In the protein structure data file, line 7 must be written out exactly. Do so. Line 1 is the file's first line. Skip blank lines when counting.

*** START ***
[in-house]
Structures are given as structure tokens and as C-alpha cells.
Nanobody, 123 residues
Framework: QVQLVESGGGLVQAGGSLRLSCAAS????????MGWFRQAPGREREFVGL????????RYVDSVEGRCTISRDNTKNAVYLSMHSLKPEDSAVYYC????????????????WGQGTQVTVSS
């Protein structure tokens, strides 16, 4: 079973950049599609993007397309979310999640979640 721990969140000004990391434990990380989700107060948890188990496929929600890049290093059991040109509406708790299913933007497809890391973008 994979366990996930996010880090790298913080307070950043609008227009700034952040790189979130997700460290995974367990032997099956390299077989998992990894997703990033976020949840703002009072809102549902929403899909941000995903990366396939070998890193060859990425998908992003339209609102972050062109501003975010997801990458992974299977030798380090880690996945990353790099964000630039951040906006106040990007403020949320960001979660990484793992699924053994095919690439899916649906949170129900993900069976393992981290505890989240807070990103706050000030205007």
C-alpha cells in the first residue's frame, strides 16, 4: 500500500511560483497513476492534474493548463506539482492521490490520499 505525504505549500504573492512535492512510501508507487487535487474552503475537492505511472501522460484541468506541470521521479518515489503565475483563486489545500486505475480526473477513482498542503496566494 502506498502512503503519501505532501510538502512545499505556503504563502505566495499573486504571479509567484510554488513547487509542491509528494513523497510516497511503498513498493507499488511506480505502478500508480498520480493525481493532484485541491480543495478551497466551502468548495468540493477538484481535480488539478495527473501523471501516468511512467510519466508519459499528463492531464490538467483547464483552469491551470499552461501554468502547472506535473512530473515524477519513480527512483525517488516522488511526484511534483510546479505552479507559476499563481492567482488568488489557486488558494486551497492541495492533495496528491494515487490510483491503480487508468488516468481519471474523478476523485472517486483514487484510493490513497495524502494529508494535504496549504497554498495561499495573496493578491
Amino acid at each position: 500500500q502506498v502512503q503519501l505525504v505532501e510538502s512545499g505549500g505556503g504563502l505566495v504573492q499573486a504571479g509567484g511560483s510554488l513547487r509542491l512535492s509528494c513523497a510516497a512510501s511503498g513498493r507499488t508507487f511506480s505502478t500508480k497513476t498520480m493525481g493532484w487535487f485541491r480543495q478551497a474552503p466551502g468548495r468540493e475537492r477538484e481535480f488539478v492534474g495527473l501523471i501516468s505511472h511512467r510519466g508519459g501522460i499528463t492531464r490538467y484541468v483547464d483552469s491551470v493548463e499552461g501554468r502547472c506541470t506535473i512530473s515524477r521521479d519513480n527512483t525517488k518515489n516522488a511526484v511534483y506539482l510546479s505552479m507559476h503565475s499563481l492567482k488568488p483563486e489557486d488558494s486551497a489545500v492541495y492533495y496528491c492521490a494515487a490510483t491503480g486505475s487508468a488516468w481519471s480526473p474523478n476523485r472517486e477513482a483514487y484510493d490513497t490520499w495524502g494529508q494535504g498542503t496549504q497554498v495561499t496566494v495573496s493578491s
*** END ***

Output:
Amino acid at each position: 500500500q502506498v502512503q503519501l505525504v505532501e510538502s512545499g505549500g505556503g504563502l505566495v504573492q499573486a504571479g509567484g511560483s510554488l513547487r509542491l512535492s509528494c513523497a510516497a512510501s511503498g513498493r507499488t508507487f511506480s505502478t500508480k497513476t498520480m493525481g493532484w487535487f485541491r480543495q478551497a474552503p466551502g468548495r468540493e475537492r477538484e481535480f488539478v492534474g495527473l501523471i501516468s505511472h511512467r510519466g508519459g501522460i499528463t492531464r490538467y484541468v483547464d483552469s491551470v493548463e499552461g501554468r502547472c506541470t506535473i512530473s515524477r521521479d519513480n527512483t525517488k518515489n516522488a511526484v511534483y506539482l510546479s505552479m507559476h503565475s499563481l492567482k488568488p483563486e489557486d488558494s486551497a489545500v492541495y492533495y496528491c492521490a494515487a490510483t491503480g486505475s487508468a488516468w481519471s480526473p474523478n476523485r472517486e477513482a483514487y484510493d490513497t490520499w495524502g494529508q494535504g498542503t496549504q497554498v495561499t496566494v495573496s493578491s